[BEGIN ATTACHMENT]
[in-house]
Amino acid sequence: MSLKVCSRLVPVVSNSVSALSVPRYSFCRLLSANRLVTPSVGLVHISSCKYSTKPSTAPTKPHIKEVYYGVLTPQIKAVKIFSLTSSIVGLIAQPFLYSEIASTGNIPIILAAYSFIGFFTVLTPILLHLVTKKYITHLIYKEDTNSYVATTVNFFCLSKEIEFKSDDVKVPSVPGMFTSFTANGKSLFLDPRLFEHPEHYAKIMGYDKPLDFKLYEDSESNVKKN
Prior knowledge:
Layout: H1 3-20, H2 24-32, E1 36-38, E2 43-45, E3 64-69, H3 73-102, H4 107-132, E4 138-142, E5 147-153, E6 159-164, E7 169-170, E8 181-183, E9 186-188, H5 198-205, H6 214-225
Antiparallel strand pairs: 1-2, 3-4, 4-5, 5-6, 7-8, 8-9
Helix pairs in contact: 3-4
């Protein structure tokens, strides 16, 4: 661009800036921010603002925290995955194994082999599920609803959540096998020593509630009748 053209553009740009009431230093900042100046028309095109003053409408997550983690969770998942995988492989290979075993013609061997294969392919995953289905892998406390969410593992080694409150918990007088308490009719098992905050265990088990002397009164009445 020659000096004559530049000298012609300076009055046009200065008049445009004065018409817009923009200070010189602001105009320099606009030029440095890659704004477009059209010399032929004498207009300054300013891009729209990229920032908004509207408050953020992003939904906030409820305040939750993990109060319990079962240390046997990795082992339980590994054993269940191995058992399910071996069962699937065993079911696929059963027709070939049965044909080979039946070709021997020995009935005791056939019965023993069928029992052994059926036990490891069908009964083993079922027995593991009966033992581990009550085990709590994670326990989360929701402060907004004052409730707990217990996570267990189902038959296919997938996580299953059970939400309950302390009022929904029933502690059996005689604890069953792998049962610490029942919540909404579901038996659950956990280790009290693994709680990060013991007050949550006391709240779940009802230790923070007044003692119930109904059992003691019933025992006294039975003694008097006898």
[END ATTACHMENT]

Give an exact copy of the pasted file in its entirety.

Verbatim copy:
[in-house]
Amino acid sequence: MSLKVCSRLVPVVSNSVSALSVPRYSFCRLLSANRLVTPSVGLVHISSCKYSTKPSTAPTKPHIKEVYYGVLTPQIKAVKIFSLTSSIVGLIAQPFLYSEIASTGNIPIILAAYSFIGFFTVLTPILLHLVTKKYITHLIYKEDTNSYVATTVNFFCLSKEIEFKSDDVKVPSVPGMFTSFTANGKSLFLDPRLFEHPEHYAKIMGYDKPLDFKLYEDSESNVKKN
Prior knowledge:
Layout: H1 3-20, H2 24-32, E1 36-38, E2 43-45, E3 64-69, H3 73-102, H4 107-132, E4 138-142, E5 147-153, E6 159-164, E7 169-170, E8 181-183, E9 186-188, H5 198-205, H6 214-225
Antiparallel strand pairs: 1-2, 3-4, 4-5, 5-6, 7-8, 8-9
Helix pairs in contact: 3-4
């Protein structure tokens, strides 16, 4: 661009800036921010603002925290995955194994082999599920609803959540096998020593509630009748 053209553009740009009431230093900042100046028309095109003053409408997550983690969770998942995988492989290979075993013609061997294969392919995953289905892998406390969410593992080694409150918990007088308490009719098992905050265990088990002397009164009445 020659000096004559530049000298012609300076009055046009200065008049445009004065018409817009923009200070010189602001105009320099606009030029440095890659704004477009059209010399032929004498207009300054300013891009729209990229920032908004509207408050953020992003939904906030409820305040939750993990109060319990079962240390046997990795082992339980590994054993269940191995058992399910071996069962699937065993079911696929059963027709070939049965044909080979039946070709021997020995009935005791056939019965023993069928029992052994059926036990490891069908009964083993079922027995593991009966033992581990009550085990709590994670326990989360929701402060907004004052409730707990217990996570267990189902038959296919997938996580299953059970939400309950302390009022929904029933502690059996005689604890069953792998049962610490029942919540909404579901038996659950956990280790009290693994709680990060013991007050949550006391709240779940009802230790923070007044003692119930109904059992003691019933025992006294039975003694008097006898």